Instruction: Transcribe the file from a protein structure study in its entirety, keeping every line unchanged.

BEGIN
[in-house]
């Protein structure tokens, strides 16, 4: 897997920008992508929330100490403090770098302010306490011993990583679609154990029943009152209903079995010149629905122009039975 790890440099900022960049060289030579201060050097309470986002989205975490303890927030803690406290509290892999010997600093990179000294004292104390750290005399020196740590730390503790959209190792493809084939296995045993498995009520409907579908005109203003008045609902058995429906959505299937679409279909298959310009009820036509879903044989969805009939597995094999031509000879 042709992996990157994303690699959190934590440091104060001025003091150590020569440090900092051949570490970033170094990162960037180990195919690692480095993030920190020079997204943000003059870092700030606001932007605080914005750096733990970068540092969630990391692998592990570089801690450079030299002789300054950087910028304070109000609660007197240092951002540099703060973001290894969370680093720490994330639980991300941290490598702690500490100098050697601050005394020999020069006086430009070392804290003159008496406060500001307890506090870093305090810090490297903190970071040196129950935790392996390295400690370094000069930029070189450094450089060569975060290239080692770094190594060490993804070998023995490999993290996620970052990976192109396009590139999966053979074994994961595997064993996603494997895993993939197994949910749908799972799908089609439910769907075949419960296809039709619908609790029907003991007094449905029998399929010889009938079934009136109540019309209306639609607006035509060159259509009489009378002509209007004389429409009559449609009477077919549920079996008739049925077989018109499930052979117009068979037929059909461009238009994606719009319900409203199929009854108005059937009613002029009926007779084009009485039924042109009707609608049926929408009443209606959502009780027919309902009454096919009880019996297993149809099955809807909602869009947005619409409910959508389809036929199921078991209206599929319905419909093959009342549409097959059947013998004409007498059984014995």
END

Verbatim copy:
[in-house]
């Protein structure tokens, strides 16, 4: 897997920008992508929330100490403090770098302010306490011993990583679609154990029943009152209903079995010149629905122009039975 790890440099900022960049060289030579201060050097309470986002989205975490303890927030803690406290509290892999010997600093990179000294004292104390750290005399020196740590730390503790959209190792493809084939296995045993498995009520409907579908005109203003008045609902058995429906959505299937679409279909298959310009009820036509879903044989969805009939597995094999031509000879 042709992996990157994303690699959190934590440091104060001025003091150590020569440090900092051949570490970033170094990162960037180990195919690692480095993030920190020079997204943000003059870092700030606001932007605080914005750096733990970068540092969630990391692998592990570089801690450079030299002789300054950087910028304070109000609660007197240092951002540099703060973001290894969370680093720490994330639980991300941290490598702690500490100098050697601050005394020999020069006086430009070392804290003159008496406060500001307890506090870093305090810090490297903190970071040196129950935790392996390295400690370094000069930029070189450094450089060569975060290239080692770094190594060490993804070998023995490999993290996620970052990976192109396009590139999966053979074994994961595997064993996603494997895993993939197994949910749908799972799908089609439910769907075949419960296809039709619908609790029907003991007094449905029998399929010889009938079934009136109540019309209306639609607006035509060159259509009489009378002509209007004389429409009559449609009477077919549920079996008739049925077989018109499930052979117009068979037929059909461009238009994606719009319900409203199929009854108005059937009613002029009926007779084009009485039924042109009707609608049926929408009443209606959502009780027919309902009454096919009880019996297993149809099955809807909602869009947005619409409910959508389809036929199921078991209206599929319905419909093959009342549409097959059947013998004409007498059984014995």